The fateful end of August has finally arrived, and with it, a brand new school year is in full swing. For myself and many others, that also means it’s time to leave home and head back to college. The transition from Connecticut to Vermont is never flawless, but as I begin my Sophomore year, I’m grateful for all the friends that have made it far easier than the uneasiness that accompanied being a first year student. Not that my freshman year of school wasn’t amazing (by the end of it I didn’t want to leave), but it’s initial introduction was by far one of the most anxiety inducing experiences of my life thus far. However, it was also the time in my life when I experienced the most personal growth as well (the two usually seem to go hand in hand), and I wouldn’t trade it for the world.
Obviously everyone wants to have the best school year possible, both academically and socially. But when the stress of balancing work and socialization begins, it’s easy to get overwhelmed and throw in the towel. Of course there are tons of little changes I could make that would help me on the road to self improvement (staying off my phone, managing my time, drinking more water), but when it comes down to the big stuff, there are two goals that I truly believe have the power to change how we see our lives: positivity & gratefulness. It sounds like big picture stuff, the kind of stuff that sounds nice in theory, but c’mon right? You want to see real, concrete changes. I can honestly say that, although I certainly fail to practice these mindsets as often as I should, being mindful of the way I perceive my life has dramatically improved how I feel. Your thoughts will really, truly make you or break you.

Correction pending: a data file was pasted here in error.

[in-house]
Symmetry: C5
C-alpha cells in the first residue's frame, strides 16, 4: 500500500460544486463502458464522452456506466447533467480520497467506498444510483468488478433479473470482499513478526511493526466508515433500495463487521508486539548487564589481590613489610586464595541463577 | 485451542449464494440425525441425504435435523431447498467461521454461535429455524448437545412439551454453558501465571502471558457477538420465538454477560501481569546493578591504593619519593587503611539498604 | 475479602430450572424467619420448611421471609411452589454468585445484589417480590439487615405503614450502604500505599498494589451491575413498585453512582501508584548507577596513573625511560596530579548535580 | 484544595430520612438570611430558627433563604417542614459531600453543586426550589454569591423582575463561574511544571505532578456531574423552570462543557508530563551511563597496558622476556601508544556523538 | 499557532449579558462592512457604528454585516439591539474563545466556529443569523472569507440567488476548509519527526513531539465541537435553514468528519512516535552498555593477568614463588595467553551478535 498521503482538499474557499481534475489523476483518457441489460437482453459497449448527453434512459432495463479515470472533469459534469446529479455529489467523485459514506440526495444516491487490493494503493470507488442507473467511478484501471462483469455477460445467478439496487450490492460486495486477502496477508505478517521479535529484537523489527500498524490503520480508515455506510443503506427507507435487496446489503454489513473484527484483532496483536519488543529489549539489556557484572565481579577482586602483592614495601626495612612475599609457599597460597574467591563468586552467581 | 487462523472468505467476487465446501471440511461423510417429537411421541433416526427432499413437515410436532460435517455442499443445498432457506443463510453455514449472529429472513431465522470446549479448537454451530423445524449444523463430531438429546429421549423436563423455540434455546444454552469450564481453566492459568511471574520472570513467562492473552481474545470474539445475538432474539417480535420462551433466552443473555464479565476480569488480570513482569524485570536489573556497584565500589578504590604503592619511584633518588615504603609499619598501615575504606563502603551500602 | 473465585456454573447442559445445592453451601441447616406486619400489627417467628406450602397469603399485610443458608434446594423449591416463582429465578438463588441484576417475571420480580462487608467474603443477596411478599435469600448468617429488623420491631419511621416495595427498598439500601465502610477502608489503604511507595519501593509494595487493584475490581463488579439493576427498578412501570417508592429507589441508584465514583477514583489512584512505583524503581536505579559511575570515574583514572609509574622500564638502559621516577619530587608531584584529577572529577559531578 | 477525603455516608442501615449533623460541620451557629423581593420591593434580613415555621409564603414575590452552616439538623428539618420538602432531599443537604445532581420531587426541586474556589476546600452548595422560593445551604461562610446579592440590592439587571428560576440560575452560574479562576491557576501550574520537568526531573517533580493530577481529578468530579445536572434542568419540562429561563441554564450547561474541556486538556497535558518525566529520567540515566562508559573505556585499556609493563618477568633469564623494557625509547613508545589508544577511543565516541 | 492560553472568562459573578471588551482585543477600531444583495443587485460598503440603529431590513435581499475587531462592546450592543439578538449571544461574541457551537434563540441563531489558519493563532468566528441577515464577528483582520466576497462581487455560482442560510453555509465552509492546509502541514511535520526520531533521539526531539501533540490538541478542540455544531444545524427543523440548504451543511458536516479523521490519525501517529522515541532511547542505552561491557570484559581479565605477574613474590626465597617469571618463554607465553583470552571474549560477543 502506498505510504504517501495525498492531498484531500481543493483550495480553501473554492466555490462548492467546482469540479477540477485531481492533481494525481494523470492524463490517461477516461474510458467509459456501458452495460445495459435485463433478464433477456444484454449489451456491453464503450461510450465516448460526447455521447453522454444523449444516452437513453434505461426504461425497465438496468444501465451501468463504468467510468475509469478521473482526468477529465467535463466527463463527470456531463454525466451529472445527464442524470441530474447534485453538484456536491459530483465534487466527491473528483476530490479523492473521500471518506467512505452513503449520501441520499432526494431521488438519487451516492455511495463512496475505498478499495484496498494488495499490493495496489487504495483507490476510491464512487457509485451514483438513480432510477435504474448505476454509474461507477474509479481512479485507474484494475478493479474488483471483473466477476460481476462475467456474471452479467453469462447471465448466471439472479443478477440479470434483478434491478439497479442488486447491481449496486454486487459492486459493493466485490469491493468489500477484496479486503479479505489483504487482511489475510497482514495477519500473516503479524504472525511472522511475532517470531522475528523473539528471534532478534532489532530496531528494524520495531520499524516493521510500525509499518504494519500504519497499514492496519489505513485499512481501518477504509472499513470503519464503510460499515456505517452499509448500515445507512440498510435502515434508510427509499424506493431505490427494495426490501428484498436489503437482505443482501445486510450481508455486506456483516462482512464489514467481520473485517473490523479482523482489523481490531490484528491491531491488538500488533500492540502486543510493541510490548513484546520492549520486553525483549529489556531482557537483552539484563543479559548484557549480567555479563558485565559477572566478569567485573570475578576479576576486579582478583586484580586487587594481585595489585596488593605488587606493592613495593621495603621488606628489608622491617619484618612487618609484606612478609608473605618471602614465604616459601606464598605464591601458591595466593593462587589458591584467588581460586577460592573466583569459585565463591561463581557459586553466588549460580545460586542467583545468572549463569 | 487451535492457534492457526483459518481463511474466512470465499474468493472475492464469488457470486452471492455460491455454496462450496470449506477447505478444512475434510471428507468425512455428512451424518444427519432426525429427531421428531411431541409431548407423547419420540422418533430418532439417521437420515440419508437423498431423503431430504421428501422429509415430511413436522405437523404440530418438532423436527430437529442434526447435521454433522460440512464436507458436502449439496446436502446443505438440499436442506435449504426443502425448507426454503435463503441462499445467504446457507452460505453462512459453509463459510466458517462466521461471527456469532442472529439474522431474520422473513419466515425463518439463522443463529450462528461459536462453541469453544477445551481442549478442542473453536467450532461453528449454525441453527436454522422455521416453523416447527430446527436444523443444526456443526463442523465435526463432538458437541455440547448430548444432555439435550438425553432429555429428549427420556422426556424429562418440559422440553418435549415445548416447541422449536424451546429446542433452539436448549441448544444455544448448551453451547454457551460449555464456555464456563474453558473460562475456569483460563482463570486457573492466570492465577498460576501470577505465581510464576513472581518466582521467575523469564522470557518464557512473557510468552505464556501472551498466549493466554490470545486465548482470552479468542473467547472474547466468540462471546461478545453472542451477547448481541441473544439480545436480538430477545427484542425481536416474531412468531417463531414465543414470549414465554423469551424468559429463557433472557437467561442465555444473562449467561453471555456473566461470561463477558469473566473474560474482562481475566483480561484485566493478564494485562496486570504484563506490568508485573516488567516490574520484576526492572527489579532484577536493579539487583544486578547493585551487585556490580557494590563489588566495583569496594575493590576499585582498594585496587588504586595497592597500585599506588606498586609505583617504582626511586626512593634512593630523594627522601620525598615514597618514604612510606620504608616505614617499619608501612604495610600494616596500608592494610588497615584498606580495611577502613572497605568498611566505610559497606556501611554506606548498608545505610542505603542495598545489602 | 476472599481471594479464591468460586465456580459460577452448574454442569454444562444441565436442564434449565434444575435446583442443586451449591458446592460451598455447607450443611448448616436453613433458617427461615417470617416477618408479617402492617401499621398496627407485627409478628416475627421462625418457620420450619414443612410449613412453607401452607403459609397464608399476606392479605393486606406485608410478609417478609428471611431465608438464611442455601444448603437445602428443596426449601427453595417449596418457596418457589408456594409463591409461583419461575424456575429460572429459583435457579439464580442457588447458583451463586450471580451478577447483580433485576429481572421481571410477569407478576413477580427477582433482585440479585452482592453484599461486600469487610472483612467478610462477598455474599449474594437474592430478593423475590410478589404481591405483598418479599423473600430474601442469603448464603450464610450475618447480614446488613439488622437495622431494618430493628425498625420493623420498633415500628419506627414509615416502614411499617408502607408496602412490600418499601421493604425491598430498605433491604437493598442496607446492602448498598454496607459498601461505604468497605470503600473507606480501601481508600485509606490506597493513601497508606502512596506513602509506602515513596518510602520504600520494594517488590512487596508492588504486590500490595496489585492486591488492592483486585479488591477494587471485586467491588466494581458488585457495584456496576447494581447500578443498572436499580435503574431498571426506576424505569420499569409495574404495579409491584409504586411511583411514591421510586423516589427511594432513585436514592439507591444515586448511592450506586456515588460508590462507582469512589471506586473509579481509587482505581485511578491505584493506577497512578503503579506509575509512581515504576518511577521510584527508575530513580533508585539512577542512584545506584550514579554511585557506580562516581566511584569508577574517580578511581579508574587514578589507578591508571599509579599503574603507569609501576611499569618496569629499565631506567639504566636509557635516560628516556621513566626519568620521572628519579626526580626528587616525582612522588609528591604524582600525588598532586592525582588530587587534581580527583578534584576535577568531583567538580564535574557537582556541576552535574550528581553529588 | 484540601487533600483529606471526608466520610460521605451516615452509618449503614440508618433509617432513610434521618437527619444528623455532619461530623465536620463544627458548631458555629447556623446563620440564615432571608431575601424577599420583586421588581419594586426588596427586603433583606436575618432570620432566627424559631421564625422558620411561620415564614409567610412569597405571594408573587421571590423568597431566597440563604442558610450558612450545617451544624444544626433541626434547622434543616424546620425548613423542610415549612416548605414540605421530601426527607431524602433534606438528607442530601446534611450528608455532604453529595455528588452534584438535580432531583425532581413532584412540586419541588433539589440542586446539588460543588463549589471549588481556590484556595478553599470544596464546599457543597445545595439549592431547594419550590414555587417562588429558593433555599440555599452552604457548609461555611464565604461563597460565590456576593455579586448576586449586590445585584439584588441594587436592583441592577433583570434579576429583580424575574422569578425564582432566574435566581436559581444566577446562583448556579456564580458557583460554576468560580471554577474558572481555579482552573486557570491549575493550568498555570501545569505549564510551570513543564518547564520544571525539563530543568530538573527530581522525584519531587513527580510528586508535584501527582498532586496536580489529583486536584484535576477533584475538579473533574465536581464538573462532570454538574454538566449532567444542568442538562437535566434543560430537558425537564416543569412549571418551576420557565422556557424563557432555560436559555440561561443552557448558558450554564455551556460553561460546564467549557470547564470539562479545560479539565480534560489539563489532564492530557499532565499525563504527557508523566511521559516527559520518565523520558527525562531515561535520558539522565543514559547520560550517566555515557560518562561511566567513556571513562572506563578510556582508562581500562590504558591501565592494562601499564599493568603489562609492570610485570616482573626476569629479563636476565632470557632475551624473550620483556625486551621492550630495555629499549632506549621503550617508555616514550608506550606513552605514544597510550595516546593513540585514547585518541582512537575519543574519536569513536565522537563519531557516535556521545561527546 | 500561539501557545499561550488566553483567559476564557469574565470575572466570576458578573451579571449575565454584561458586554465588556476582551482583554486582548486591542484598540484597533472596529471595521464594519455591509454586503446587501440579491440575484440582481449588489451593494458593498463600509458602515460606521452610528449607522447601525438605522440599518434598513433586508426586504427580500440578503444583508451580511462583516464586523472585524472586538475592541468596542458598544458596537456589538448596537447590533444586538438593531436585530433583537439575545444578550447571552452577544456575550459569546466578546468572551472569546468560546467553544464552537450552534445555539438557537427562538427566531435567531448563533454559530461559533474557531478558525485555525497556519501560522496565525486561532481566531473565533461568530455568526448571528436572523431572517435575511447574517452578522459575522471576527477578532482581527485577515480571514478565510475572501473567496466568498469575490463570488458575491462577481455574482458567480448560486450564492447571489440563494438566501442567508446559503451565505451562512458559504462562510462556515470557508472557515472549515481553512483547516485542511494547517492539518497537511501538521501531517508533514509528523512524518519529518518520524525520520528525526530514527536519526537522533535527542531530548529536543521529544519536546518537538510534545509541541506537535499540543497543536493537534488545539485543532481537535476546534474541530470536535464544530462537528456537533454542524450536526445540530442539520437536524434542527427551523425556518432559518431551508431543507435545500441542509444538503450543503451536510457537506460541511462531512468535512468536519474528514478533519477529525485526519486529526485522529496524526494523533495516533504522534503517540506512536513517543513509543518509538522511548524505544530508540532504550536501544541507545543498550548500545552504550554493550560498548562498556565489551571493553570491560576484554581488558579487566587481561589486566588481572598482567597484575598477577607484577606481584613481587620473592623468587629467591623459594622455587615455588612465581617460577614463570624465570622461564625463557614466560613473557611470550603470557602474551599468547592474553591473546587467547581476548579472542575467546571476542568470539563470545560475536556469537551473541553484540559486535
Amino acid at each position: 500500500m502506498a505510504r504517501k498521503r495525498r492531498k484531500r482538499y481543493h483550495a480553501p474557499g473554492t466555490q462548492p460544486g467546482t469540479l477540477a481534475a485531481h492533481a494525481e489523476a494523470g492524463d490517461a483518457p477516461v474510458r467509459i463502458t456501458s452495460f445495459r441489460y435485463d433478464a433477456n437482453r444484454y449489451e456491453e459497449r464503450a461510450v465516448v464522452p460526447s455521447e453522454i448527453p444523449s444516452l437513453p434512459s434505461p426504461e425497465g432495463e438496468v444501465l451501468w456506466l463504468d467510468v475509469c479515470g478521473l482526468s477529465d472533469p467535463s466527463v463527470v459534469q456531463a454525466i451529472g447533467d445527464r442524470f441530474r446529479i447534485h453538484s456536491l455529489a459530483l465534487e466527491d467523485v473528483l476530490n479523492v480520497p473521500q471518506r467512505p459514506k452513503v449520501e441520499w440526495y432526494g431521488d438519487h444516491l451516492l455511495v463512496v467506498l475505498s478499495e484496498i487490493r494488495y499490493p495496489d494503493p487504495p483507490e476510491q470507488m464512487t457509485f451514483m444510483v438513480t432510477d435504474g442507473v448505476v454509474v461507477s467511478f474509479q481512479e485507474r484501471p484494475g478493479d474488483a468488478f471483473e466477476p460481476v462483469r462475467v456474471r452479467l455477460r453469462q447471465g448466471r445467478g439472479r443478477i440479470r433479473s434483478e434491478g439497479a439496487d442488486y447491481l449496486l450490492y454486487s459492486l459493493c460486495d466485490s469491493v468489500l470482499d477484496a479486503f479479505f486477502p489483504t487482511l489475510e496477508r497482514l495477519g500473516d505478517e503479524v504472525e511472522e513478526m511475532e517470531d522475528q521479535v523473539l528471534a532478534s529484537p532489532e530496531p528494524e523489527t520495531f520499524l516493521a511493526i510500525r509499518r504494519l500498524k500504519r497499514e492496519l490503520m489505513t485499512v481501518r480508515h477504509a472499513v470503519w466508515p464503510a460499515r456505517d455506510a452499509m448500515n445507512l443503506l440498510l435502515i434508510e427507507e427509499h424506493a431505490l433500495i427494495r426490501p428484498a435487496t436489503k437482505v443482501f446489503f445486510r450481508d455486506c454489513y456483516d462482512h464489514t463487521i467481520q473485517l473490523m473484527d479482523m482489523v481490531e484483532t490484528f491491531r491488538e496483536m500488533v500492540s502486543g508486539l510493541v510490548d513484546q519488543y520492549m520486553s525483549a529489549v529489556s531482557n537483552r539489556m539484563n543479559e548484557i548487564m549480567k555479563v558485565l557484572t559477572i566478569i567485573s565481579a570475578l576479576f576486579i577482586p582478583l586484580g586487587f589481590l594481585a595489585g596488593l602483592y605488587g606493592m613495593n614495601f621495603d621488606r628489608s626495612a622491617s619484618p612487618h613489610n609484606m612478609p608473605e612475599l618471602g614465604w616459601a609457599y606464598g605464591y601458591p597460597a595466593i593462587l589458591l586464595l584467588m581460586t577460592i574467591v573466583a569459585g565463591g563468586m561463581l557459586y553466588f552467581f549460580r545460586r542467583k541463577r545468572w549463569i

It’s common to sometimes believe that the way we think is who we are, when really it’s something that’s preventing us from becoming the best versions of ourselves. If, for example, you’ve simply had a bad day, sometimes your brain will try to tell you that it a much deeper issue. You may start to think that nothing is going right, that every day is bad, and it’s probably all your fault. Now, of course, that’s far from the truth. Being able to remove yourself from those thoughts, see them for what they are, and correct them is a valuable skill to have. Once you do that, it’s far easier to see that the little hardships of a bad day don’t all accumulate into a bad life.
It’s certainly difficult to be grateful all of the time, because life will almost always be throwing you some curveballs, and sometimes it just feels like too much to handle. That’s when I feel like I fall victim to a “why me?” mentality. There is a fine line between being kind to yourself, and drowning in self pity. The first one is encouraged, the second will only hold you back indefinitely. I find that, as campy as it seems, replacing thoughts of “I have to do this” with “I get to do this” is exceedingly helpful in looking at things in a different light. Yes, I have to do a lot of work that I’d rather not be doing, but I also have the immense privilege of getting an education. I get to wake up every day and go learn and be with my friends while living in a beautiful, beautiful place. When it comes down to that, can it really get any better?